A few health care and apparel companies continue to have competitive advantage, or moats, which investors are overlooking, according to Morningstar analysts.
Concerns over drug pricing are driving down valuations for many health care companies, especially with talk in Congress of trying to control prices, said Damien Conover, director of healthcare equity research at Morningstar, speaking at the Morningstar Investment Conference in Chicago this week.
“It’s an important and valid concern,” Conover said. “To offset these concerns you have to have innovation. We think about moats— intangible assets are a key driver for the health care firms undervalued now.”
Those intangible assets include products like new medicines, new devices or new ways to treat people, he said.
One of his picks with a large moat is biotechnology drug firm Biogen (BIIB) for its intangible assets. Like other investors, Conover said he is concerned about Biogen’s older multiple sclerosis drug franchise; instead, he likes the company’s focus on neurology.
“There’s tremendous innovation in oncology,” he said, along with advancements in Alzheimer’s disease.
He also said Express Scripts (ESRX) is undervalued, especially since the company is in a battle with health insurance provider Anthem (ANTM). While Express Scripts is not doing anything particularly innovative, it is one of the few firms trying to control costs. That ability to keep costs under control gives them a wide economic moat, he said, and Conover expects Anthem and Express Scripts to work out their differences.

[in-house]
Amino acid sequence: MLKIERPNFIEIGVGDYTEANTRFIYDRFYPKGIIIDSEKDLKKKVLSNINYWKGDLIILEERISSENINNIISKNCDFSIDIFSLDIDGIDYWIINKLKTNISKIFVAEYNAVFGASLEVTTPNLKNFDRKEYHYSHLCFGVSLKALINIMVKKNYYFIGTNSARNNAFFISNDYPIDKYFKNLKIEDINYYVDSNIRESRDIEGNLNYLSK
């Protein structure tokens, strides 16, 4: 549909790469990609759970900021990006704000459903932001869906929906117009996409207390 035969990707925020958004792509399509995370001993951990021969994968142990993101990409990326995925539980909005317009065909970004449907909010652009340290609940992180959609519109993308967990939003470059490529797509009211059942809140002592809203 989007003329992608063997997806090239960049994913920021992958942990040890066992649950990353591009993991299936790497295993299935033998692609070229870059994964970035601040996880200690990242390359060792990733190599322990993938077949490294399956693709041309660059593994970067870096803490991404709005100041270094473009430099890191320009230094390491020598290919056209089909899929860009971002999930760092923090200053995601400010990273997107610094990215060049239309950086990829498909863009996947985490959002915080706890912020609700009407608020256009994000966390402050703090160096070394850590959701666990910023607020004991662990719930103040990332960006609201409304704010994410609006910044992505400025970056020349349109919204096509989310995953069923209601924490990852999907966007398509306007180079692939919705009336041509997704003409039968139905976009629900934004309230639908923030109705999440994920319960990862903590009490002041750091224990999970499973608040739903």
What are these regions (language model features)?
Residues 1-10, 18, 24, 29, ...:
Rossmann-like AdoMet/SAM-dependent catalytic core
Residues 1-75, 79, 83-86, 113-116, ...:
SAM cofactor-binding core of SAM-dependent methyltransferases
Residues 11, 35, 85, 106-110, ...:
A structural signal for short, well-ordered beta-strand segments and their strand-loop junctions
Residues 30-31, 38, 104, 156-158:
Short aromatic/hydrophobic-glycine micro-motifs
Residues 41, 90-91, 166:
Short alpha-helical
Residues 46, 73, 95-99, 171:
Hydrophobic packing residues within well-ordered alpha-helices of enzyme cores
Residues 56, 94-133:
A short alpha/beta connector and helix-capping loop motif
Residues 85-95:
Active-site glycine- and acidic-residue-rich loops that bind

R.J. Hottovy, consumer strategist at Morningstar, said the “bloodbath” in the apparel space is well known, but even in this area moats apply. He said in this space the moats are branding and pricing power.
The market thinks apparel has structural issues, but Hottovy said it’s really cyclical. One issue is there are no new fashion trends to drive sales, he said. The market is concerned about the move to online sales. To avoid that worry, look to clothing manufacturers who are less dependent on where their goods are sold, he said. HanesBrands Inc. (HBI) is one example of an apparel name that is sold at both physical and online stores.
He also likes VF Corporation (VFC), which owns retailers like the North Face and Vans. It has a meaningful brand name and will likely improve once the apparel cycle improves, he added.